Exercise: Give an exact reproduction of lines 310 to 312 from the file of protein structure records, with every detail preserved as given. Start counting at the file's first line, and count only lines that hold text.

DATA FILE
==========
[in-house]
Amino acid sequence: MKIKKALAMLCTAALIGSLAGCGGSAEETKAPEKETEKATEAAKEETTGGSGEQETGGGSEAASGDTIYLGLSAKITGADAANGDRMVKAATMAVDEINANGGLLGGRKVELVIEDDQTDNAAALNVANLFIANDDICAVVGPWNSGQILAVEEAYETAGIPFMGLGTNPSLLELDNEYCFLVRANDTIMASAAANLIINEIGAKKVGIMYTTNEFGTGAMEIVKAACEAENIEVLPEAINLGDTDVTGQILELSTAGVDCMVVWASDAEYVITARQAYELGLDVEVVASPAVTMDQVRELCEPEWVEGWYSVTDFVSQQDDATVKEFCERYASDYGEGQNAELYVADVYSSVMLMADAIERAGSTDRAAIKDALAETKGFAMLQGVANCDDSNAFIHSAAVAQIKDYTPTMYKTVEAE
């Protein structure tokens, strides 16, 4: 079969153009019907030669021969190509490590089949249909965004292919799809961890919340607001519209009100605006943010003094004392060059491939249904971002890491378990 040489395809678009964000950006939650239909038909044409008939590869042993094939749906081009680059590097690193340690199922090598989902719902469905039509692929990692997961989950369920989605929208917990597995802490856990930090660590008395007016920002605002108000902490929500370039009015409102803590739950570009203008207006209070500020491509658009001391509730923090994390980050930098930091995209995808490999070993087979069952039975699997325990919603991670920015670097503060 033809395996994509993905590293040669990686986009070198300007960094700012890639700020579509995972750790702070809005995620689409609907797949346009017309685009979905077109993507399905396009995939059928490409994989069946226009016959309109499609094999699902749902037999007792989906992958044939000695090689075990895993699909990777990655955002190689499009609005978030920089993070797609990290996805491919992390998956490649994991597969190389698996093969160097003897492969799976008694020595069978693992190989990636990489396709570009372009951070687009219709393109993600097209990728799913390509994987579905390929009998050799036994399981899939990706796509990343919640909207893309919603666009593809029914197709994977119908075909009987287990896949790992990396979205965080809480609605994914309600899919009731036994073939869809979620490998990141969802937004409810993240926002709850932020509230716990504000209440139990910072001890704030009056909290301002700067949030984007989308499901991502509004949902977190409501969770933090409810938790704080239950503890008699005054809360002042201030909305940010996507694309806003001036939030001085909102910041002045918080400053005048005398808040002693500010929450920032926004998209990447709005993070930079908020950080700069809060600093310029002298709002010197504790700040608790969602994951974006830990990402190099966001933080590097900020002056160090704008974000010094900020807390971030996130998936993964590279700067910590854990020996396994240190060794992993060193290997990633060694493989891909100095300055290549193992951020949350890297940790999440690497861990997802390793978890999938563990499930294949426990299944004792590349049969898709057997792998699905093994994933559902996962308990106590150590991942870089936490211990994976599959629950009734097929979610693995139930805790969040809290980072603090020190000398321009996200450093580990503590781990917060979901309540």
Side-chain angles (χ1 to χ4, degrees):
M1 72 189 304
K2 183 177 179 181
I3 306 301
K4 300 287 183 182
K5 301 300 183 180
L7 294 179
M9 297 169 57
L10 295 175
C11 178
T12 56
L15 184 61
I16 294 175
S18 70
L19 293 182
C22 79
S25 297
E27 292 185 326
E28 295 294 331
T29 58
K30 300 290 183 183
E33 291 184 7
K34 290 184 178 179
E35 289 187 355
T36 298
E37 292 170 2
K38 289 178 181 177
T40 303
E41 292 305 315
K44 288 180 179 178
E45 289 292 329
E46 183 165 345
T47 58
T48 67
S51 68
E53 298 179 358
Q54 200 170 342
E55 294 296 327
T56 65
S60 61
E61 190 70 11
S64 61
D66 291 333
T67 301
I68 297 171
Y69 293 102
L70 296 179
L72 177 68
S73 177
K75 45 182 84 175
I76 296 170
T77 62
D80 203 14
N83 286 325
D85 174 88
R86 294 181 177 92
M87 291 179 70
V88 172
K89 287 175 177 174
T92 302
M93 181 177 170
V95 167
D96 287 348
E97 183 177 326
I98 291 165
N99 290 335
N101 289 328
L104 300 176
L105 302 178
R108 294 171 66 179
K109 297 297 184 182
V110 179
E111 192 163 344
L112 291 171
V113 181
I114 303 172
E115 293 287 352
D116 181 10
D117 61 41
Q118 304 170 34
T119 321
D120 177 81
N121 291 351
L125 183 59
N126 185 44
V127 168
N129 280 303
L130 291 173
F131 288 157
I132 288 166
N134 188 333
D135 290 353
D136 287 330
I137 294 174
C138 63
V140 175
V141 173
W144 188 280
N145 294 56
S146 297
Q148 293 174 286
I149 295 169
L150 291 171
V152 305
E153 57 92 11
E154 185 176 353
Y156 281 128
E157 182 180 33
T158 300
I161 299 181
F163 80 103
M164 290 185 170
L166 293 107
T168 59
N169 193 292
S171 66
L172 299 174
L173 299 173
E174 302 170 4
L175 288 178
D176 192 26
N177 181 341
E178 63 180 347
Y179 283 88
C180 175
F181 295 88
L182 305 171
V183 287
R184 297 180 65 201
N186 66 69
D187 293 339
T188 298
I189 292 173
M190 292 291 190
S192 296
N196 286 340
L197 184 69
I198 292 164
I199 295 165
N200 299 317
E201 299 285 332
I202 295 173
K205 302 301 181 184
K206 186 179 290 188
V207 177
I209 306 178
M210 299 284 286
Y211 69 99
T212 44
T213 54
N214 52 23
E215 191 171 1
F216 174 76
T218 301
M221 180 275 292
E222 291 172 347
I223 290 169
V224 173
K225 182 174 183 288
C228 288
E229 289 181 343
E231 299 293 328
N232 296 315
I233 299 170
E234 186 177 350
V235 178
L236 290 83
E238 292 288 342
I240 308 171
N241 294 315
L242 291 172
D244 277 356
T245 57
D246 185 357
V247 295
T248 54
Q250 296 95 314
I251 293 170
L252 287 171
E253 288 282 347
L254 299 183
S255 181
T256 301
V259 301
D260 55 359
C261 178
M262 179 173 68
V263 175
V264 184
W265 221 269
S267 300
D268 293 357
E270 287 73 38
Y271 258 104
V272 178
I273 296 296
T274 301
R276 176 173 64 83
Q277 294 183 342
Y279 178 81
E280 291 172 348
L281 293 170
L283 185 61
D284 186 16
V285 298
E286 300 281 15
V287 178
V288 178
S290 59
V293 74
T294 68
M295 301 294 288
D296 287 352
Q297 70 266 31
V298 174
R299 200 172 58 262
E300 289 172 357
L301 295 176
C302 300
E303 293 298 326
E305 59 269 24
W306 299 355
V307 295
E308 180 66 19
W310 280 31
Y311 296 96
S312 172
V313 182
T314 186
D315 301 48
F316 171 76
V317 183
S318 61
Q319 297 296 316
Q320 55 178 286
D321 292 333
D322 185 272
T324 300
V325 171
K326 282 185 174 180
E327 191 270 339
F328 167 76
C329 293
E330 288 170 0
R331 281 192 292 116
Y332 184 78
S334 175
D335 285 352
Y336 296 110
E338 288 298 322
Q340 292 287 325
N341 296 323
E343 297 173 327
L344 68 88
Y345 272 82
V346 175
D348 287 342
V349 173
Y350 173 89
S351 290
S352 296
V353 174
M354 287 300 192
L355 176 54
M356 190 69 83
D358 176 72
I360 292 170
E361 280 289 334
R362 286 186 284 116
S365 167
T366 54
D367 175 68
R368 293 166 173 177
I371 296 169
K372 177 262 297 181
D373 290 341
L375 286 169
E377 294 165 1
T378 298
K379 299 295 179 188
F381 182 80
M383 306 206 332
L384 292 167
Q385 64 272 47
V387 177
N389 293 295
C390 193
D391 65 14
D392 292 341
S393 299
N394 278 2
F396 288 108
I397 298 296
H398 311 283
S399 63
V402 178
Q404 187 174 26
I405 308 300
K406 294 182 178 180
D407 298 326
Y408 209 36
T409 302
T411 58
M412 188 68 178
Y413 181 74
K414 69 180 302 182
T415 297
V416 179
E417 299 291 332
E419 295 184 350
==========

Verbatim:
T415 297
V416 179
E417 299 291 332